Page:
Who killed Coach House Press? A year ago this month, when the obituaries appeared, Canadian culture threw itself into a paroxysm of grief, guilt, and finger-pointing. Canadians involved in the arts enjoy nothing more than a good wake, and if the corpse was once an institution that we ignored when it was alive, that makes everything perfect.
As usual the air was filled with accusations, and as usual the government was to blame--in this case, the Ontario government, which failed to provide financial support. Another neoconservative atrocity! Premier Mike Harris reinforced that argument by making boneheaded public remarks on the management of culture, a subject he would be wise to avoid.
Coach House didn't stay dead for long, however. Last winter it was resuscitated by Stan Bevington, who founded it three decades ago, and Victor Coleman, an editor involved with it over many years. Back in business, scaled down but lively, it uses the familiar Coach House logo and sells (just as in old times) the late bp Nichol's The Martyrology, $110 for the multi-volume set. Nevertheless, something must have happened last summer--the news reports can't have been entirely fictional. Whatever it was, it has inspired nine articles in Open Letter, the literary journal edited by a long-time Coach House stalwart, Frank Davey.
The fall of Coach House, much more complicated than it seemed from a distance, was the result of clashing cultures and warring ambitions. Davey's own article in Open Letter is a 38-page essay in blame distribution, charged with careful anger. In his telling, Coach House sounds like an artistic enterprise ruined by the attempt to introduce competence, a matter of quirky amateurs being replaced by mediocre professionals.
Of course, Davey sees it from the position of an editor pushed aside during the company's transformation, or "reform." He oozes resentment, like a baron deposed by a revolution, and he affectionately recalls the glories of the ancien régime. From the 1960s to the early 1980s, Coach House published whatever books the editors wanted to publish; money to pay for them came from the printing jobs Bevington found, government grants, and occasional sales. Book designs looked eccentric (a book of baseball poems shaped like a diamond, for instance) and sometimes arrived in several pieces, intentionally. The poetry was the sort we were not supposed to understand, just appreciate. Editors, including Michael Ondaatje and Nichol, worked for nothing, office workers for next to nothing. No one expected to sell many copies. As Davey says, Coach House people believed the books were "too good, clever, important, or rarefied to be commercial." Booksellers agreed. Total annual revenues were under $100,000.
But in the 1980s the press became complicated and hard to run, a strain on Bevington's health. People began talking about a strategic plan, a board of directors, loan guarantees, professional management, a marketing program--the whole catastrophe. This would require more money, which in turn would require different books. Certain editors began looking, Davey says, for "manuscripts that could make money for the press if promoted and commodified by mainstream advertising methods." Davey wanted to stay outside the business of what he calls "consumerist texts and consumerist publishing." So did Nichol. But they began to lose the argument.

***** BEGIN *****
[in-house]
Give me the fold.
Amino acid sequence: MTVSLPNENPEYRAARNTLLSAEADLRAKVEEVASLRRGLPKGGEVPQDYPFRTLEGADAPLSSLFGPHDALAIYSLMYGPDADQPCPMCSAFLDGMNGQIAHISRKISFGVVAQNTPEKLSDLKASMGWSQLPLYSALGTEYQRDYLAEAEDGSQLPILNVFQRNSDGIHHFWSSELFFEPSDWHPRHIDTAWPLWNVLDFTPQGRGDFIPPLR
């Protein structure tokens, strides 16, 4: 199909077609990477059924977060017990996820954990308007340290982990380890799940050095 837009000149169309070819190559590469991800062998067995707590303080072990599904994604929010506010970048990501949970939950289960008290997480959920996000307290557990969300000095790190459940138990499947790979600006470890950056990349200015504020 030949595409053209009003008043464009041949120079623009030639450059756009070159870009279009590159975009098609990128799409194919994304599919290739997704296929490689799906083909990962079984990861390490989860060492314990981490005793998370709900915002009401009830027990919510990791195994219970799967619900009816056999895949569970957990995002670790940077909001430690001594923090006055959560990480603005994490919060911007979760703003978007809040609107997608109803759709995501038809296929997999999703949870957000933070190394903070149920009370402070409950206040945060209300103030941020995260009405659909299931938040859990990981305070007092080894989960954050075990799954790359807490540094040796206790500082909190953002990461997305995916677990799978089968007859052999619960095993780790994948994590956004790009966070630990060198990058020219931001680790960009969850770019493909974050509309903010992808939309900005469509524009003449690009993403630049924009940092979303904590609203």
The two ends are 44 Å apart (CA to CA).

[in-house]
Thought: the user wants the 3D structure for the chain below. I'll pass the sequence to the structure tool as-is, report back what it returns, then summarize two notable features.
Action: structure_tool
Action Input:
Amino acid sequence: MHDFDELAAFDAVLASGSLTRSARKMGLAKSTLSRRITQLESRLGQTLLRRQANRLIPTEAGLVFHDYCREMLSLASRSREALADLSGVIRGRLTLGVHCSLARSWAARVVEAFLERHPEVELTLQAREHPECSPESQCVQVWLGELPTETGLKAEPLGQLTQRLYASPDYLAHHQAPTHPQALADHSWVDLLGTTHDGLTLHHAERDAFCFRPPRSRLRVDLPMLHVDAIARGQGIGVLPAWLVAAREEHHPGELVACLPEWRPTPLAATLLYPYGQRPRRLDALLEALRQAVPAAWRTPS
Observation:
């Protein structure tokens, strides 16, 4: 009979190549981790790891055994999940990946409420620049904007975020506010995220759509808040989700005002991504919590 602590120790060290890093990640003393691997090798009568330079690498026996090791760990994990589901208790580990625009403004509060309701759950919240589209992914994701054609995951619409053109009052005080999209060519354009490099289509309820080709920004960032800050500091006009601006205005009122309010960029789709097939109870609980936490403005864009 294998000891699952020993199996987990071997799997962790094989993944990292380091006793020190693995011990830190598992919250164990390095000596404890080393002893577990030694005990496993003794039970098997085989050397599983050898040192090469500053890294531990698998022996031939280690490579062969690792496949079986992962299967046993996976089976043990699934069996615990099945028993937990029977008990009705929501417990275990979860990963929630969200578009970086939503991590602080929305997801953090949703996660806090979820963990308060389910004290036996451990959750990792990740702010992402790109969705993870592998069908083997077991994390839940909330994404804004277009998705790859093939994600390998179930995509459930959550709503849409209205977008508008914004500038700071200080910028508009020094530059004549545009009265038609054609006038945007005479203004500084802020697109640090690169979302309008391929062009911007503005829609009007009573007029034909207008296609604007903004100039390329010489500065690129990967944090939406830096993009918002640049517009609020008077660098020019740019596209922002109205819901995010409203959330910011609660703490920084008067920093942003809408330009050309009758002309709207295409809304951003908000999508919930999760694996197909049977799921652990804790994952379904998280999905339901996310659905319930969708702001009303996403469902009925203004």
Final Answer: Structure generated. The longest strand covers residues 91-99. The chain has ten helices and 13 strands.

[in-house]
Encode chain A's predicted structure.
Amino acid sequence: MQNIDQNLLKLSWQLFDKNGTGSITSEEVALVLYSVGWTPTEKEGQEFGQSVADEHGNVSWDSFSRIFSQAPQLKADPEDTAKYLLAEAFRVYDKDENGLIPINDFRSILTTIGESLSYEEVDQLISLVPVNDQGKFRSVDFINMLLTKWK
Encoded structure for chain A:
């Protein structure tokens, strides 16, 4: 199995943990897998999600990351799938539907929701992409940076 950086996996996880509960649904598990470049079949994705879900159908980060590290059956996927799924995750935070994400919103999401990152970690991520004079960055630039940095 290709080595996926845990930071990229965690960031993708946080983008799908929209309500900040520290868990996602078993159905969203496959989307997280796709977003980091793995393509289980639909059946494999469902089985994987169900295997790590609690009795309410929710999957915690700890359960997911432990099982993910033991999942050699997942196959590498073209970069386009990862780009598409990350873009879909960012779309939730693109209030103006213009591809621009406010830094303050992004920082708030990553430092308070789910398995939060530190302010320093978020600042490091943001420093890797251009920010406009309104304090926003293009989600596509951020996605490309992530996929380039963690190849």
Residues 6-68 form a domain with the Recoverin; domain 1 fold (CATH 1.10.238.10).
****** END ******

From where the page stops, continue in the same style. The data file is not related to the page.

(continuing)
In December, 1986, Davey wrote an e-mail to George Bowering, a Coach House author in Vancouver, complaining about two editors: "David Young (& Sarah Sheard) are already talking like young Tories--`bottom line' and `real world' and abt the need to produce books to meet the needs of a new `market reality.'....I don't trust anyone who talks that way."
Davey says Coach House stopped being a place where friends gathered to publish books and became a place where strangers got together, as employees and directors, to run a business. Eventually gross income quadrupled, but costs went even higher. In October, 1988, Nichol died unexpectedly, and some people thought the old Coach House died with him. Davey felt increasingly isolated. He remained a stockholder and (in theory) an editor, but at the end he didn't even know who had become president until he received the letter that said Coach House was shutting down.
The company that failed last summer, Davey obviously believes, was not the authentic Coach House but a misguided attempt to turn it into something it could never be. Victor Coleman expresses the same opinion in another Open Letter article and in a poem, "The Day They Stole the Coach House Press." The poem ("greed had crept under the skin of the interlopers....these turkeys in suits sold the farm to maintain the system") can be found at the Web site (www.chbooks.com) where the new Bevington-Coleman enterprise advertises itself as "The Original Coach House Press, Established 1964" and publishes some books on paper, some electronically.
Internet readers can order books to be sent by mail or read them on their computer screens--and pay for the privilege by voluntarily tipping the authors. This idea is so magnificently innocent that it might even work. For some reason, Coach House tells us precisely what tip to leave behind, so on Saturday, using my credit card, I tipped Darren Wershler-Henry $3.50 after reading his tribute to Nichol, Nicholodeon: a book of lowerglyphs and tipped Patricia Seaman $3.20 for New Motor Queen City.
These works exhibit typographic eccentricity and elaborately obscure storytelling techniques, just like the Coach House books I first began seeing around 1970. "Welcome to the future of literary publishing in Canada," says the Web site. "You're here now. Yes, safe from scoundrels who would kill literary publishing if they only could."
So who did kill Coach House Press? No one. It's apparently indestructible. Even rational modern management couldn't destroy it.